Confidence: it’s a funny old thing. Especially in sport, where a player oozing with it, Roger Federer, finds himself as the 9/4 favourite over the field. Novak Djokovic, running a little low on machismo right now, is fancied as a mere 6/1 also-ran.
Are those odds accurate? Absolutely. Federer turned back the hands of time to win the Australian Open back in January, and kicked off his grass court campaign with victory at Halle. The 35-year-old is proving that you can never right off a class act no matter what their age.
Djokovic, meanwhile, is floundering. Without a title anywhere since the start of the year, the Serb hasn’t won a major since the French in 2015. After completing the career Grand Slam there, perhaps he inevitably took his eye off the ball.
But there are some promising noises coming out of the Djokovic camp, particularly the news that he will be coached and mentored by Andre Agassi at Wimbledon; no stranger to success at SW19. The former world number one has said he is ‘excited’ by the link up with Agassi, and their first assignment at the French Open – whilst ending in defeat in the quarter-finals – was a promising start. Djokovic has ‘only’ made four finals in thirteen attempts at Roland Garros, so success there does not come readily anyway.
It’s at Wimbledon where he really flourishes, and while his demons may just have originated from there 12 months ago after a third-round defeat to Sam Querrey, few are as comfortable on the London grass as the Serb.
Encouraging enough at Nottingham this week, where he is into the semi-finals at the time of writing, the air of invincibility surrounding Djokovic has gone. He must play better to recapture his Wimbledon crown, but with Andy Murray struggling with injury and Rafa Nadal unlikely to challenge on grass, he has every chance.
A price of 6/1 for a 12-time major winner? We’ll take it, thanks very much.
You can still find bits and pieces of 20/1 with some books regarding Marin Cilic, and that looks excellent value to us.
His grass court form has been tremendous in the past two years. In 2016 he went down in a five-set thriller to Federer at Wimbledon and in the semis at Queens to Murray – no shame in that.
And in 2017 he lost out in the last four at Hertogenbosch, and tasted defeat in the final at Queens, but both on tiebreak verdicts against Ivo Karlovic and Feliciano Lopez respectively.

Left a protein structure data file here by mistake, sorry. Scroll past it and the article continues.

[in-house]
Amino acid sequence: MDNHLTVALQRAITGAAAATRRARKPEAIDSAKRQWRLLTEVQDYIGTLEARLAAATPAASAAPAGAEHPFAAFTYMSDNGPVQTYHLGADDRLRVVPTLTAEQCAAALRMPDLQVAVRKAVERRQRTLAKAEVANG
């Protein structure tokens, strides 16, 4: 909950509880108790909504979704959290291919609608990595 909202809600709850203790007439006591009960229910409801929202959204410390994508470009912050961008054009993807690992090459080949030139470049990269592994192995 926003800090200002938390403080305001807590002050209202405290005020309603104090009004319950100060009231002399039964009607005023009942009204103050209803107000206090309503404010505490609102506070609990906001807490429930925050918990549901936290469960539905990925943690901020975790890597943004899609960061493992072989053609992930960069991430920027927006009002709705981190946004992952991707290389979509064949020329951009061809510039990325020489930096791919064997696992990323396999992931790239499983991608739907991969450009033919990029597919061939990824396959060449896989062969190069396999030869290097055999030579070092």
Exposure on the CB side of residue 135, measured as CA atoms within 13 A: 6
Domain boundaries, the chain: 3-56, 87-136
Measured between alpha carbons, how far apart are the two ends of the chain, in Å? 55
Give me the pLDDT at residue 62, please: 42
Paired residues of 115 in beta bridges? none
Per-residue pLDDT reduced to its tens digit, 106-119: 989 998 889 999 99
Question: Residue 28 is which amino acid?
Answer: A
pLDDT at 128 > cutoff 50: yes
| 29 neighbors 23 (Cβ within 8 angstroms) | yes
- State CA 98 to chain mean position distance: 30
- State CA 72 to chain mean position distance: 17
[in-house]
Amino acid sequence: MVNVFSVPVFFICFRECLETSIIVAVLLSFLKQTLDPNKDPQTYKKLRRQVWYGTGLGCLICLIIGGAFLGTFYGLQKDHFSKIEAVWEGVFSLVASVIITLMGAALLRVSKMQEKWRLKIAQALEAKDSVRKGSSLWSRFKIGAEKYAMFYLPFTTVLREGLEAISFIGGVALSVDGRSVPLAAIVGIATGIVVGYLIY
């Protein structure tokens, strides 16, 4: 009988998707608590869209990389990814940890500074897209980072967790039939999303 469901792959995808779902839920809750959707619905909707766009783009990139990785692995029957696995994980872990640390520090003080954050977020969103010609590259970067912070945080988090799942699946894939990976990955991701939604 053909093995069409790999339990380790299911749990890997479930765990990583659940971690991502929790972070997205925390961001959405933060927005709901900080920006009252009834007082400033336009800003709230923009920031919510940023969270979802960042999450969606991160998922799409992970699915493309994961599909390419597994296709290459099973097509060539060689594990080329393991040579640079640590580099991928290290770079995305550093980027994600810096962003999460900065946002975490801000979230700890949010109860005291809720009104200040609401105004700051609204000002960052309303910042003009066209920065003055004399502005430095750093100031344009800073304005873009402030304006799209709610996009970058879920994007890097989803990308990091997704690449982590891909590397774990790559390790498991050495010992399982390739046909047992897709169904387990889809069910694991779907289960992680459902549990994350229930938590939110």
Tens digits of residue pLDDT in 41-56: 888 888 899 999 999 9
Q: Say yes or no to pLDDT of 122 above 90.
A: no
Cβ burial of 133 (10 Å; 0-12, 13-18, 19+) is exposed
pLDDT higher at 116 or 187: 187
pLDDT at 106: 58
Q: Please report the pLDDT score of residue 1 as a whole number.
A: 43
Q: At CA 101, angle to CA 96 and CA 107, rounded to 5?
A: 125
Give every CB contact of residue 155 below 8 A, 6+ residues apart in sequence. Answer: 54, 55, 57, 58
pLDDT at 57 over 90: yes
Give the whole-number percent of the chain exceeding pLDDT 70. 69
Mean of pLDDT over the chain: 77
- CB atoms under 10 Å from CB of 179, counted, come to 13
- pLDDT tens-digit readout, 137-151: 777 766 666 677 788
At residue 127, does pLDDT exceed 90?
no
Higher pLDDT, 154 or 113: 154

His all-round game has picked up this year – proven by the fact he won a clay court title back in May, and lest we forget this is a former major winner; Cilic landed the US Open in 2014. With question marks against most of those at the head of the market, the Croat has to be considered excellent value at the price.
Opportunities Abound in Ladies Draw
With Serena Williams off having a baby, the ladies draw is more open than it has been for some time.
Her sister Venus has this week been embroiled in an awful situation: being found at fault for a car crash which killed a 78-year-old man. She won’t face criminal charges, but just how that will impact upon her mental state heading into the tournament is anybody’s guess.
So, as we say, there is an opportunity for somebody to step up to the plate. The most obvious candidate would be world number one Angelique Kerber, but 2017 has not been a good year for the two-time major winner. At the moment, she simply isn’t playing well enough you would think to triumph at SW19.
You could happily make a case for Johanna Konta (12/1), the Brit hopeful who has improved incredibly in the past 18 months or so. She looks primed for a major victory.
But how will she cope with the pressure in front of an adoring Wimbledon faithful? She would be the first British winner of this title since 1969, and for somebody yet to win a Grand Slam event that is an awful lot to take on. For that reason, rather than her tennis game, we’re giving her a swerve.
But it’s easy to get behind the powerful Karolina Pliskova (11/2) given her run in the past year or so. A finalist in her sole start on grass this term at Eastbourne, that follows runs to the semis at the French Open and quarters and title wins in Brisbane and Doha.
Pliskova’s career is in the ascendancy, and she could cap that rise with a first Grand Slam title in a fortnight’s time.